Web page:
Reuben was firstborn (Gen 29.31–30.21; 35.23–26; 46.8–9; Ex 1.2; 6.14; Num 26.5; Ezek 48.31–35
), but he does not appear first in the Chronicler's genealogies.
Joseph, firstborn of Rachel, rather than Reuben, firstborn of Leah, attained to the birthright because Reuben had sexual relations
with Jacob's concubine Bilhah (Gen 35.22; 49.4
A ruler came from him, the writer alludes to David's kingship, which eventually encompassed all twelve tribes (
28.4; 1 Sam 13.14; 25.30; Mic 5.2
The Chronicler derives this list from Num 26.5–6
. Carmi is one of the Reubenite clans with possible ties to Judah (Gen 46.9; Ex 6.14; Num 26.6; Josh 7.1,18,24,26; 1 Chr 2.7; 4.1
In contrast to Kings, which largely loses its concentration upon individual tribes in its coverage of the dual monarchies,
the Chronicler's history maintains a continuous interest in the fate of individual tribes. Tilgath‐pilneser, the Chronicler's spelling (
5.26; 2 Chr 28.20
) of Tiglath‐pileser (III), King of Assyria (745–727 BCE); cf. 2 Kings 15.29
In this case, Gilead refers to the territory east of the Jordan, which is south of the Jabbok and north of the Arnon. There is some overlap with
Gad's territorial holdings in Josh 13
The days of Saul, who was the first king of Israel, in the late eleventh century BCE.
Like the Reubenites, the Gadites were located east of the Jordan River.
Rather than signifying a pasture land, Heb “migrash” means the belt of land or open space outside a town or a sanctuary. Sharon refers here not to the (coastal) Sharon plain, the common designation of Sharon in the Bible, but to the town of Sharon in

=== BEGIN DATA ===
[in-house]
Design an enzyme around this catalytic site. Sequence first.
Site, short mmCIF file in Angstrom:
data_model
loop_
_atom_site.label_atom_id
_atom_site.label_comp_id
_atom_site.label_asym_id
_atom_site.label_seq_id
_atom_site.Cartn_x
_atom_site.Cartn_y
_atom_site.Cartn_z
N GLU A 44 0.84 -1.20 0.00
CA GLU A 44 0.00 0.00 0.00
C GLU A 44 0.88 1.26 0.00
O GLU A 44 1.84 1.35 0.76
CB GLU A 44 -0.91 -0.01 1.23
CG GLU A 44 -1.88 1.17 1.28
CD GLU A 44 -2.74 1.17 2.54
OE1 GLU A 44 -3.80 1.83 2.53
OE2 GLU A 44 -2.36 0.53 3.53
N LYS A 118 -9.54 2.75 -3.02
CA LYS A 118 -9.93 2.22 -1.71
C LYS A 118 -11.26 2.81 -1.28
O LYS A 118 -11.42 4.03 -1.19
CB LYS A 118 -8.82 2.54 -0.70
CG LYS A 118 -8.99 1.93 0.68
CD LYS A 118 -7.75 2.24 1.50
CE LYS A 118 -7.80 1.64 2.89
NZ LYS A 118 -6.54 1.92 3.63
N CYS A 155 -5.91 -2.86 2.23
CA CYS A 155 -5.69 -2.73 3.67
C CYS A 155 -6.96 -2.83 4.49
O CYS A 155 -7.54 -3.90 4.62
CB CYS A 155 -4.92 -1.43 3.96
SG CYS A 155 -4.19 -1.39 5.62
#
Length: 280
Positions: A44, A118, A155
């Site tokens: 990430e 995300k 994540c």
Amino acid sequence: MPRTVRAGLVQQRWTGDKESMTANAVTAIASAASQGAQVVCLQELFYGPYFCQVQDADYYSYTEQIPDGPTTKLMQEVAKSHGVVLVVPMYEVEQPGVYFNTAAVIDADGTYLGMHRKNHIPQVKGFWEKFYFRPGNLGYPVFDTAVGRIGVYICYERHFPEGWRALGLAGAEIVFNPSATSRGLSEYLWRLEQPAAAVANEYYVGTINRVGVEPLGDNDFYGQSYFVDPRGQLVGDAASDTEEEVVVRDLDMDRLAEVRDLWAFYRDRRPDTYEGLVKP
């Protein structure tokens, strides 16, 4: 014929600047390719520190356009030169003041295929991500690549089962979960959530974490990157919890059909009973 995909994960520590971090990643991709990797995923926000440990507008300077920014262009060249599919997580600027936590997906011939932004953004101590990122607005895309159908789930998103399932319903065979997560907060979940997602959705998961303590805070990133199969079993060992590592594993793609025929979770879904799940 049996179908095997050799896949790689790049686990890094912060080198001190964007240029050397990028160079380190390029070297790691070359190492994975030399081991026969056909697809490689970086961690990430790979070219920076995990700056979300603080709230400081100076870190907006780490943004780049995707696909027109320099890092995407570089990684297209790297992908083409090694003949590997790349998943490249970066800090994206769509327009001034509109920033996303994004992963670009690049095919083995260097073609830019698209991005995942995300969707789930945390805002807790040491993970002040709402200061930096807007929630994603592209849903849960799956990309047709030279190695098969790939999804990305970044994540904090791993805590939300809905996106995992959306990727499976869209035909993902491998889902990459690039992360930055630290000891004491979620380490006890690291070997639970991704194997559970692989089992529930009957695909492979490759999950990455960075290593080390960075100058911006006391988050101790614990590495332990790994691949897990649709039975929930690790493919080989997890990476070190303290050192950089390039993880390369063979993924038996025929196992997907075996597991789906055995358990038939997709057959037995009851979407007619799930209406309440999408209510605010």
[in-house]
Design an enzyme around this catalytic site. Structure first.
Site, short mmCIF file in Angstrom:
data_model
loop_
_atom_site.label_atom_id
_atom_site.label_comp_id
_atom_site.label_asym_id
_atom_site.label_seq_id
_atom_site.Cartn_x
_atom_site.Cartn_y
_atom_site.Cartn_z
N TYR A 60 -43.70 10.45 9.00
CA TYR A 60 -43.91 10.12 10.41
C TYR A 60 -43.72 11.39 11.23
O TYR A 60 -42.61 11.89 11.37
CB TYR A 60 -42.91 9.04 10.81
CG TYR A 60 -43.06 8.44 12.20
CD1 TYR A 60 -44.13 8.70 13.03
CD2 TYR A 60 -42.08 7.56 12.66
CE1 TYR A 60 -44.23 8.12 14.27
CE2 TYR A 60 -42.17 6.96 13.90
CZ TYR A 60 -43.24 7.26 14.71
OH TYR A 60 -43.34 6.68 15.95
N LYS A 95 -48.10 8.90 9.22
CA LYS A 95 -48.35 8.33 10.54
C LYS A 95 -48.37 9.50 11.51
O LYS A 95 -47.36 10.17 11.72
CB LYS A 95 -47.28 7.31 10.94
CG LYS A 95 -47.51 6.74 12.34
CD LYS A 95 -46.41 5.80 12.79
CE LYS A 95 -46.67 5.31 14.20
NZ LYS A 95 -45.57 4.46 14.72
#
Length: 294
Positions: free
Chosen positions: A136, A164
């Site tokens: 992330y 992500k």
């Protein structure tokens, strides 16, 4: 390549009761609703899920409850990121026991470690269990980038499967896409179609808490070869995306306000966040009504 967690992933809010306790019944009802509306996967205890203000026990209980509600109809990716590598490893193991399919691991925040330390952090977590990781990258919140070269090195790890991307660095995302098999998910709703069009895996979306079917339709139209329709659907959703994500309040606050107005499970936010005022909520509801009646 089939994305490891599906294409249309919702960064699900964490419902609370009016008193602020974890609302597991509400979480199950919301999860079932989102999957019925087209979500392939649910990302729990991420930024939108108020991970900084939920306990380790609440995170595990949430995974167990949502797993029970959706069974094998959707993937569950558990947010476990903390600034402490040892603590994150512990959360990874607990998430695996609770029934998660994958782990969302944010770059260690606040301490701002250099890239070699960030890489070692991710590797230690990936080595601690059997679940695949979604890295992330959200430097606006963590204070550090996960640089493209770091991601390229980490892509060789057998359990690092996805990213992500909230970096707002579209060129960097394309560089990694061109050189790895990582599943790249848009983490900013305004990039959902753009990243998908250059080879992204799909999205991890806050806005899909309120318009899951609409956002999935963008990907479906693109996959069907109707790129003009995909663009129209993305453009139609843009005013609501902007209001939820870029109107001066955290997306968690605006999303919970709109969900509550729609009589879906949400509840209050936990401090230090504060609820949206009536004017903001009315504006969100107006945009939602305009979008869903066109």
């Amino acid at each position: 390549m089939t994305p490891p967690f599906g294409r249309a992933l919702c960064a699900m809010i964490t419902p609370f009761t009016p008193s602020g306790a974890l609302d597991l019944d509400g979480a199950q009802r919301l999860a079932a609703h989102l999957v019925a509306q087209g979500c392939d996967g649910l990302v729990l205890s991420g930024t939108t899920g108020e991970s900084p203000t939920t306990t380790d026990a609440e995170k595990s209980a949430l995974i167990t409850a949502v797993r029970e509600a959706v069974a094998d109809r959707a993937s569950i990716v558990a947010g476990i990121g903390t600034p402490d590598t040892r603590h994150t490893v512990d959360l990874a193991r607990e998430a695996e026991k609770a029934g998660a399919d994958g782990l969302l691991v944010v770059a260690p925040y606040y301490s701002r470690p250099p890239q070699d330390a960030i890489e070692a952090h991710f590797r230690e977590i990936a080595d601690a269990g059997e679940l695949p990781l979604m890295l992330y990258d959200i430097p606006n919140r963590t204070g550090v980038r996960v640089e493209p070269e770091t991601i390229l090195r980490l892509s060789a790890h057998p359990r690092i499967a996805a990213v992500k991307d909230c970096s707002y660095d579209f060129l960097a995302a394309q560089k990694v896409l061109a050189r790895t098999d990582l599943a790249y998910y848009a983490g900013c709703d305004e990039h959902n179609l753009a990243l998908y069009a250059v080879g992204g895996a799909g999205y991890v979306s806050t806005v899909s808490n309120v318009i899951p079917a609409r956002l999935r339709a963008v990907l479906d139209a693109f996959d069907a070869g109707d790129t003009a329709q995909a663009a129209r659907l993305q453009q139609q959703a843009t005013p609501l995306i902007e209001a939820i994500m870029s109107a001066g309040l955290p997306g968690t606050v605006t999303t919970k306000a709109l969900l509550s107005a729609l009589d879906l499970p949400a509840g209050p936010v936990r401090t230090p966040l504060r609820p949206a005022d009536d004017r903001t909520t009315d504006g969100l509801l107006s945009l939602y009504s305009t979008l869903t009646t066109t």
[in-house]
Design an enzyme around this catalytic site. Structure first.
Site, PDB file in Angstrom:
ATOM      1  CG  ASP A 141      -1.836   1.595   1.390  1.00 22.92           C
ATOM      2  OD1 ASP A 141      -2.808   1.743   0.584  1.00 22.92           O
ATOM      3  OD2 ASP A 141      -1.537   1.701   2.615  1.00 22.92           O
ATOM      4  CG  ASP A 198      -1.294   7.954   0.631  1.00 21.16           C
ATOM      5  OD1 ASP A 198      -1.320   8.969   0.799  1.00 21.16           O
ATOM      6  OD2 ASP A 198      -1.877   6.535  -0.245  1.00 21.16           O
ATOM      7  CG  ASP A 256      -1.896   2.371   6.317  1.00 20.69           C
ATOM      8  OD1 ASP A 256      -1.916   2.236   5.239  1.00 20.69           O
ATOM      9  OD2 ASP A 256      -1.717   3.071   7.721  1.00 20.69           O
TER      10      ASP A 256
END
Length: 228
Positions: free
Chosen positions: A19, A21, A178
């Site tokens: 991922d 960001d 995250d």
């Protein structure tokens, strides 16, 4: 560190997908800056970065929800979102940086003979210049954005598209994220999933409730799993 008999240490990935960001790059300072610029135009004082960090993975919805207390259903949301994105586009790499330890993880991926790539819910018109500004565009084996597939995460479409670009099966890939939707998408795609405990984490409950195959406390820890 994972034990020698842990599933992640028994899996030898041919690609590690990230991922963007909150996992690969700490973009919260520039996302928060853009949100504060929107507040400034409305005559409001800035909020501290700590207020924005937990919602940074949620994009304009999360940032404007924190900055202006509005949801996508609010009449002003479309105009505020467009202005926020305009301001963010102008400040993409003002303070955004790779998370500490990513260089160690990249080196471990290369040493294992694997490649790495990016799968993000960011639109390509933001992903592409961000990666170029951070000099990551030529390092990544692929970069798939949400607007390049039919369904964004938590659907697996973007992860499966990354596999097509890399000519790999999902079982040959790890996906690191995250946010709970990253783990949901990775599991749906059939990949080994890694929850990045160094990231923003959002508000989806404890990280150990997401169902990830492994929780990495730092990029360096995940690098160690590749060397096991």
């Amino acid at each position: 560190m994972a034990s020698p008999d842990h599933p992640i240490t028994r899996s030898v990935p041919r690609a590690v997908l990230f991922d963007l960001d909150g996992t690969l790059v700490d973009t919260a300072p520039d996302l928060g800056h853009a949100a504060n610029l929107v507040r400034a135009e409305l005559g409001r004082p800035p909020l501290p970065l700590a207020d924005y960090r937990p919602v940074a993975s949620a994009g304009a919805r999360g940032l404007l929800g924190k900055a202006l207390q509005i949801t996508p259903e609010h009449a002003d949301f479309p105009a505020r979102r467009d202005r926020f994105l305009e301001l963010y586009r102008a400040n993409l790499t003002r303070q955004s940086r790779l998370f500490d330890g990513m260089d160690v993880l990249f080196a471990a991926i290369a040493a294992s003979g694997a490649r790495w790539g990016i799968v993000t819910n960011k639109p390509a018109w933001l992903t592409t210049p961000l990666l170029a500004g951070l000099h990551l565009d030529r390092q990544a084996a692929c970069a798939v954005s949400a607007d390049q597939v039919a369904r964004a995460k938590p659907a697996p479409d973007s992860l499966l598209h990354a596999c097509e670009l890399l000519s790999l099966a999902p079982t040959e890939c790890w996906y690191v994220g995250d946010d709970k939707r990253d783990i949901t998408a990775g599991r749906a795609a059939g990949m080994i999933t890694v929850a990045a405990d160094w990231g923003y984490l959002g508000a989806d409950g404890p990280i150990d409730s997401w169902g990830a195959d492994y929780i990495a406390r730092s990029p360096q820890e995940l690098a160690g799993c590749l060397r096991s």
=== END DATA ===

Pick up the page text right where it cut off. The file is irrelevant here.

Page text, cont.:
Transjordan, a place also mentioned in the Moabite Mesha inscription (line 13).
King Jotham of Judah (759–743 BCE) and King Jeroboam (II) of Israel (788–747 BCE).
In some traditions (Num 32.1–42; Deut 3.12–16; 29.6–7; Josh 13.8–31
) and once elsewhere in Chronicles (1 Chr 12.38
), Reuben, Gad, and East Manasseh are treated as a larger entity. These two and a half tribes join forces, share a common
muster, partake in the spoils gained by fighting a collective enemy, and experience a common fate (vv. 22,25–26
). The number forty‐four thousand seven hundred sixty (v. 18
) is notable for its specificity, not for its magnitude.
This part of the tribe of Manasseh was located east of the Jordan River, to the north of Gad.
The campaigns of 733–732 BCE by Tiglath‐pilneser III (whose nickname was Pul), were primarily directed against King Rezin of Damascus, but also resulted in the capture of Gilead and Galilee (2 Kings 15.29
). The list of sites in v. 26
is borrowed, however, from 2 Kings 17.6
(parallel 2 Kings 18.11
), which details the destinations of the later Samarian deportees in the Assyrian exile of 722 BCE.
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